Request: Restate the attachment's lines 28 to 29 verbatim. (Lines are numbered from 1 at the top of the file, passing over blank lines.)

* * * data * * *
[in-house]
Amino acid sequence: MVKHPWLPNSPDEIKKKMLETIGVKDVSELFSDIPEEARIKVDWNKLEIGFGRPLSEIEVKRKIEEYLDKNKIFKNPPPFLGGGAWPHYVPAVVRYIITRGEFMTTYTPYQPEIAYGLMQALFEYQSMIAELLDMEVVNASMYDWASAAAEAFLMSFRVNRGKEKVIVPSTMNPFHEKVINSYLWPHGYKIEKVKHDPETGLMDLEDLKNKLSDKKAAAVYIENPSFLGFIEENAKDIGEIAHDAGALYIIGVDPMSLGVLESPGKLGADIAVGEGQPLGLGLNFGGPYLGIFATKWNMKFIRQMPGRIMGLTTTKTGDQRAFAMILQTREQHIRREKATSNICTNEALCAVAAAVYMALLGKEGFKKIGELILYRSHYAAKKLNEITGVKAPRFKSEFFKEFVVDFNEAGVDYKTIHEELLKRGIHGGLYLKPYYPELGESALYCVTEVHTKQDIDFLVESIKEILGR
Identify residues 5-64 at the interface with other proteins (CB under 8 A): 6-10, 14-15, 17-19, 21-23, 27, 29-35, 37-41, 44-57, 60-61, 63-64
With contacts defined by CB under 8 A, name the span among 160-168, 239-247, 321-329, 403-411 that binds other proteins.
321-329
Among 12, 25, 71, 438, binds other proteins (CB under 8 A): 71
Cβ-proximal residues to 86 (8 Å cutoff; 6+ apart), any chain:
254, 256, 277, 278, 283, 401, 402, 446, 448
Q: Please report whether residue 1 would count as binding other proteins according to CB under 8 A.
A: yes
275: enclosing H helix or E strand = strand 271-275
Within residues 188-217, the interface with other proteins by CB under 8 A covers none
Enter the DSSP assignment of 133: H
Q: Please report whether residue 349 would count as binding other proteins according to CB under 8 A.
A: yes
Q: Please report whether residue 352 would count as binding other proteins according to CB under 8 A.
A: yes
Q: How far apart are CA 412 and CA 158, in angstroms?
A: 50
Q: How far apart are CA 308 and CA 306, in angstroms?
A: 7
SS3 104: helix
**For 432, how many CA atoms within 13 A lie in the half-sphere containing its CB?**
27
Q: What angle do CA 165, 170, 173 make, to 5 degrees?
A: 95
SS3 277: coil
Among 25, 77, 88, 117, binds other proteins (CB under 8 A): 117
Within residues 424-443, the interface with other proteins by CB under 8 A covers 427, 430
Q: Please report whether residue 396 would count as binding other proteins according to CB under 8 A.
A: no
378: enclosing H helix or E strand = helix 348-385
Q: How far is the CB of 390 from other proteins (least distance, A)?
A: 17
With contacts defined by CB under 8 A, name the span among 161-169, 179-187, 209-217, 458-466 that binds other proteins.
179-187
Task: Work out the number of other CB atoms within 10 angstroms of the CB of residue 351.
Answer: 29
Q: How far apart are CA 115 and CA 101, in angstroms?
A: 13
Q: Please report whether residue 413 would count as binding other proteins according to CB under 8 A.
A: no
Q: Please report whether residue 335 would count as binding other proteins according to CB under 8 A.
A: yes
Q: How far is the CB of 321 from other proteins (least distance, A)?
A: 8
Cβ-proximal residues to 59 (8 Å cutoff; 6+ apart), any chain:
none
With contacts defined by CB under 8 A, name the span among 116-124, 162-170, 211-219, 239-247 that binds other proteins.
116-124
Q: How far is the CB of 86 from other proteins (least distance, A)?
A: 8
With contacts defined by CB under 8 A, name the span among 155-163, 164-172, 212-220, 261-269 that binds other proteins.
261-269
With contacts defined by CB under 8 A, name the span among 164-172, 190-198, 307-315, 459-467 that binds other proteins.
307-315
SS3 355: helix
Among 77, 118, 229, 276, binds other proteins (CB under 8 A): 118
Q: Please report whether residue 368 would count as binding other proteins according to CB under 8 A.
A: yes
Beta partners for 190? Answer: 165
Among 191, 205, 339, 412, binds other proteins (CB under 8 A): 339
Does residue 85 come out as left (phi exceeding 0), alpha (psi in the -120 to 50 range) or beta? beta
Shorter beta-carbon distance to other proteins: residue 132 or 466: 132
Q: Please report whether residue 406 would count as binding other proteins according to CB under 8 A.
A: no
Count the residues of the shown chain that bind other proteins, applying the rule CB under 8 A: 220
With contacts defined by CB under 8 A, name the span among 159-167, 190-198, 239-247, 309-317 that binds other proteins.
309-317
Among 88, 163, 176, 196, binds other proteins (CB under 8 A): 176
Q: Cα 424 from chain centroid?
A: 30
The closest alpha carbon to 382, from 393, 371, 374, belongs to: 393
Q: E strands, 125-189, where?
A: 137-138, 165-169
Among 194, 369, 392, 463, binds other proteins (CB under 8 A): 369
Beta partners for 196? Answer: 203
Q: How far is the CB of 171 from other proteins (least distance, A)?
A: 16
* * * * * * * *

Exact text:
Among 25, 77, 88, 117, binds other proteins (CB under 8 A): 117
Within residues 424-443, the interface with other proteins by CB under 8 A covers 427, 430